A Synthetic Porphyrin with High Affinity for Lung Cancer Cells and Inflamed Lymphatic Tissue

  • D. A. Cole
  • D. C. Moody
  • L. E. Ellinwood
  • M. G. Klein
  • J. A. Mercer-Smith
  • A. Brumbaugh
  • R. O. Eikleberry
  • D. Lewis
  • G. Saccomanno
  • J. J. Bechtel
  • D. K. Lavallee

Abstract

Investigators have shown that porphyrins will localize in various tissues in the body, especially neoplastic tissue. This has lead to the use of porphyrins in photodynamic therapy to treat malignant tumors. The success of phototherapy has been limited due to the inaccessibility of tumors to sources of fluorescent light. Because of this problem, we have developed a synthetic radiolabeled porphyrin, [5,10,15,20-tetrakis(4-carboxyphenyl) porphinato copper (II), 67CuTCPP]. Studies using the nonmetallated form of this porphyrin (H2TCPP), have demonstrated that H2TCPP has a very high affinity for lung cancer cells. In each case examined (14 patients) neoplastic cells localized more H2TCPP than did normal lung cells (visual examination). In a different set of experiments which examined the uptake of 67CuTCPP in lymphatic tissue, results demonstrated that not only does 67CuTCPP have an affinity for lymph nodes but this affinity increases significantly in inflamed lymph nodes. These results suggest that in addition to using 67CuTCPP to treat lung cancer, 67CuTCPP may be useful in the treatment of cancer which has spread to the lymph nodes.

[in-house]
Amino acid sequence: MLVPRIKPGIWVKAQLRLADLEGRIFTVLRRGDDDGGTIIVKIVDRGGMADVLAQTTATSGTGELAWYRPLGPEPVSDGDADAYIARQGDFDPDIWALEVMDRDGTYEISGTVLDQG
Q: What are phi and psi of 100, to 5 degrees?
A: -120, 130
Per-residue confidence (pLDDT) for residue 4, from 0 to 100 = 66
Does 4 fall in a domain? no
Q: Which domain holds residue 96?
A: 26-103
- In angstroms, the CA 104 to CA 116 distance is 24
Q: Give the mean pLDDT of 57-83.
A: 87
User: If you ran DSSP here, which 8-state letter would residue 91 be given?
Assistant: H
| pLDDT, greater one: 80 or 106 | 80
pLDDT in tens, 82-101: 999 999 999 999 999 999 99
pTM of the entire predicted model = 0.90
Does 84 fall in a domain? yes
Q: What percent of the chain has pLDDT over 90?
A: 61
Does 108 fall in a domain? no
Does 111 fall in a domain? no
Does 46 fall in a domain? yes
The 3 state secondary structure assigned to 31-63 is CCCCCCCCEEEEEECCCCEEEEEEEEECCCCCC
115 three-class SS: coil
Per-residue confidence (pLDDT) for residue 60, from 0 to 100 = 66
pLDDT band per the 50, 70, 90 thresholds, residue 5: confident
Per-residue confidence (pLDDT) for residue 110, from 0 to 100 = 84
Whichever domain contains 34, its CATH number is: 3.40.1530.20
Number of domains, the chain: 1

Keywords

Lymph Node Lung Cancer Cell Inflame Tissue Sputum Sample Popliteal Lymph Node 
These keywords were added by machine and not by the authors. This process is experimental and the keywords may be updated as the learning algorithm improves.

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Copyright information

© Springer Science+Business Media New York 1991

Authors and Affiliations

  • D. A. Cole
    • 1
  • D. C. Moody
    • 1
  • L. E. Ellinwood
    • 2
  • M. G. Klein
    • 2
  • J. A. Mercer-Smith
    • 1
  • A. Brumbaugh
    • 1
  • R. O. Eikleberry
    • 1
  • D. Lewis
    • 1
  • G. Saccomanno
    • 2
  • J. J. Bechtel
    • 2
  • D. K. Lavallee
    • 3
  1. 1.Medical Radioisotopes Research Program, INC-11Los Alamos National LaboratoryLos AlamosUSA
  2. 2.St. Mary’s Hospital and ClinicGrand JunctionUSA
  3. 3.Department of ChemistryHunter College — CUNYNew YorkUSA

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